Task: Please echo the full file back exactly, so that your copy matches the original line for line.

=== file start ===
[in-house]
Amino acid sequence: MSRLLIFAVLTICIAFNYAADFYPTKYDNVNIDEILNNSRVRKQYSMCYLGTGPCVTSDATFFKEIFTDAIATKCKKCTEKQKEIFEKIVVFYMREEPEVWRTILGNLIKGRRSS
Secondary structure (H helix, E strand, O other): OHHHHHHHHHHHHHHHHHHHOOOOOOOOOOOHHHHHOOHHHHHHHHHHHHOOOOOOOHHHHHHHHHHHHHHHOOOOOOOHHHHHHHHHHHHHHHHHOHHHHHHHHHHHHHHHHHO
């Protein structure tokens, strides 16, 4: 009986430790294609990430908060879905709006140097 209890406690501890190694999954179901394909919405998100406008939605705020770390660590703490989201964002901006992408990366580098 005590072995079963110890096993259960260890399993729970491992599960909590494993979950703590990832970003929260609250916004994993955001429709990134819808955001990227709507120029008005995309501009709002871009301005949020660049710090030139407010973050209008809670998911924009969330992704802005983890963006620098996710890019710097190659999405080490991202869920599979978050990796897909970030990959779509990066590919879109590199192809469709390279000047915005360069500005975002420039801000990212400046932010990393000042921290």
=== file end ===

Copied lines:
[in-house]
Amino acid sequence: MSRLLIFAVLTICIAFNYAADFYPTKYDNVNIDEILNNSRVRKQYSMCYLGTGPCVTSDATFFKEIFTDAIATKCKKCTEKQKEIFEKIVVFYMREEPEVWRTILGNLIKGRRSS
Secondary structure (H helix, E strand, O other): OHHHHHHHHHHHHHHHHHHHOOOOOOOOOOOHHHHHOOHHHHHHHHHHHHOOOOOOOHHHHHHHHHHHHHHHOOOOOOOHHHHHHHHHHHHHHHHHOHHHHHHHHHHHHHHHHHO
């Protein structure tokens, strides 16, 4: 009986430790294609990430908060879905709006140097 209890406690501890190694999954179901394909919405998100406008939605705020770390660590703490989201964002901006992408990366580098 005590072995079963110890096993259960260890399993729970491992599960909590494993979950703590990832970003929260609250916004994993955001429709990134819808955001990227709507120029008005995309501009709002871009301005949020660049710090030139407010973050209008809670998911924009969330992704802005983890963006620098996710890019710097190659999405080490991202869920599979978050990796897909970030990959779509990066590919879109590199192809469709390279000047915005360069500005975002420039801000990212400046932010990393000042921290």